So there’s quite a bit of savings just to go from hot to cool. But it does cost you more. It’s about five times more expensive to read those files. And so you wouldn’t want to store files in a cool tier that you need to access frequently, like several times a day. But, if you have a file that reminds you of old family photos, and you’re storing them in the cloud, you might want to put them in a Cool Access account because you don’t see your old family photos every day.
But hey, you wouldn’t mind paying a couple of cents more when you finally get around to wanting to see them because you’ve saved so much in storage. By lowering the storage cost, you can actually—I meant to say in the last slide—set your account to default to cool. So what does that mean? That means that any new files added to the storage account could come in at the Cool level, so that just becomes the default. Hot and Cool are the only two options for default settings.
The archive tier can never be a default. You always have to individually select a file and make it an archive. And that’s why it’s only at the object level only. So, to reiterate, these are object-level settings to retrieve a file that, once set into Archive and you want to download it, could take several hours to retrieve. So that’s the disadvantage of saving a file in the archive tier: the time it takes.
The more files you want to retrieve, the longer it takes, etc. So there’s also the requirement that you remain in the archive tier for at least 180 days. So don’t put these old family photos into the archive unless you’re prepared to keep them there for about six months, because you might be saving 90% on the storage cost, but they want you to keep them there for six months and not for a date. Once in the Archive tier, those files function similarly to automatic navigators. You can’t read them, you can’t copy them, you can’t overwrite them, and you can’t even do anything to them. You have access to the metadata, but the files themselves are completely inaccessible to you. Rehydration is the process of returning a file from Archive to the cool or hot tier. And again, you go into a queue, and depending on how many files are ahead of you, it could take minutes or it could take hours, depending on how busy they are. So to get stuff out of the archive, it’s a bit of a process. Returning to the magnetic tape. They have to go into the closet and find the tape. They have to have a free machine. There’s no free machine.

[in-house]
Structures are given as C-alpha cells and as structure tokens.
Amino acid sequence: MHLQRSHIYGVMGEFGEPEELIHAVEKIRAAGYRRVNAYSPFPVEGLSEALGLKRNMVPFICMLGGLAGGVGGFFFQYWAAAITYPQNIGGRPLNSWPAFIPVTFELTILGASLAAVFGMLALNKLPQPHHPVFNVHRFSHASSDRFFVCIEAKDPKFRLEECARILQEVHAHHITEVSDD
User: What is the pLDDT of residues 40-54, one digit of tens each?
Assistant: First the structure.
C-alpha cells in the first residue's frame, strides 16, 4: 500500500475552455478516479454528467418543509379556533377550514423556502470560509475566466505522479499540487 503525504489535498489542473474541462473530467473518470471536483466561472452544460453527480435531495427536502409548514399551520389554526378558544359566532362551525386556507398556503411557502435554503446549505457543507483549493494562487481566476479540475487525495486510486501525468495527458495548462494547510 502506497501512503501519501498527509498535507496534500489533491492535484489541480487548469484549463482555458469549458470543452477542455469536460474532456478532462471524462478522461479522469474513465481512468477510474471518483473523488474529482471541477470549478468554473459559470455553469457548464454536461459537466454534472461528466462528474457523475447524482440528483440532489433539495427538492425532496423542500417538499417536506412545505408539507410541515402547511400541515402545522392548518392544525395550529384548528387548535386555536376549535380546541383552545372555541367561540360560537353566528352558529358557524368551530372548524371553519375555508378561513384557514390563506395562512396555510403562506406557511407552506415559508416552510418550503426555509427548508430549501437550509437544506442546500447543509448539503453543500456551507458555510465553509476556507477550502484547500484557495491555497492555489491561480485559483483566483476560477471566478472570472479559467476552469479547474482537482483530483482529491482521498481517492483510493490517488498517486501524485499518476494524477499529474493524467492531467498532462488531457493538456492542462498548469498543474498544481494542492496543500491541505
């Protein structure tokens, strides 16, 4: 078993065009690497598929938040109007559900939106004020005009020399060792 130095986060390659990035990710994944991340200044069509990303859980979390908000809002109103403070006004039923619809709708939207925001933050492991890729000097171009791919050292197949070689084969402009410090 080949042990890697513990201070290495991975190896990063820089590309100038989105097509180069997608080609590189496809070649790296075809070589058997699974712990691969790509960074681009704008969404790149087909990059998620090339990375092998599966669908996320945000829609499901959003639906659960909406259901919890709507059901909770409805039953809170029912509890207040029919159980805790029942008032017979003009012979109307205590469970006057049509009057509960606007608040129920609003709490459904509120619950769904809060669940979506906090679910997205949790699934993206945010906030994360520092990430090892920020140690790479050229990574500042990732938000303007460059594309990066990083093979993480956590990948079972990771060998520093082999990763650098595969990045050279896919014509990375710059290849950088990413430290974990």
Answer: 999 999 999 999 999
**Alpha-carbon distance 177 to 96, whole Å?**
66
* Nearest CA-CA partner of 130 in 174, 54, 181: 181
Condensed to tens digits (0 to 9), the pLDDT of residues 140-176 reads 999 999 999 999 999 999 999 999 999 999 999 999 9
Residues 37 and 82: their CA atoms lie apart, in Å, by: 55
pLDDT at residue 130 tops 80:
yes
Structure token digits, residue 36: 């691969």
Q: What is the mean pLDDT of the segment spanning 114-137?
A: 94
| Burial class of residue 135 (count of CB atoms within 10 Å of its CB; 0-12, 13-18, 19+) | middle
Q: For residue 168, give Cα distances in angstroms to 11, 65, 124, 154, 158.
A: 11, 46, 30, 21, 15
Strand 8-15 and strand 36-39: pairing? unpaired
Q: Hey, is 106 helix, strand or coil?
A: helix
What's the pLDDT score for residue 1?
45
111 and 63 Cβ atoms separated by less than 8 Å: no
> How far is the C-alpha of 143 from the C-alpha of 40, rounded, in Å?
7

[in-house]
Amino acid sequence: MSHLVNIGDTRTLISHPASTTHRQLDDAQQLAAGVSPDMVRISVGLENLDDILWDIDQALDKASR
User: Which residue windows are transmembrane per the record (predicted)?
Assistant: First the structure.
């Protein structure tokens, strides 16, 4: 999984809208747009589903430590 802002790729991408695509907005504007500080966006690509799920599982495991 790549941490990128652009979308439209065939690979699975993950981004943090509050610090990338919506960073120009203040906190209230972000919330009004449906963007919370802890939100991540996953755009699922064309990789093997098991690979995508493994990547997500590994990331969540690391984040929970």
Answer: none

Okay, let’s wait for one to finish and put the tape onto the drive. So I’m not sure, as you’re using tape right now, but it does take them a long time to get those files out of this archive. And there’s a new priority preview feature called High Priority. So if you really, really need those files and you can’t wait 6 hours and you want to get it done within an hour, there is a preview mode called high priority, and of course that’s going to cost you more. Go into the Azure portal, and we can see on the left, within a storage account, there’s a Blob service section. And there’s lifecycle management in there. Now, this is pretty cool, so I can go and set up a rule that is basically an automatic method of getting files from hot to cool to archive. And here’s a screenshot of a rule I was setting up that would, after 120 days, move a hot blob into cool storage. And after a year, 365 days, it would move that cool file into archive storage. As a result, you can configure this lifecycle to delete files that are no longer needed. save you money.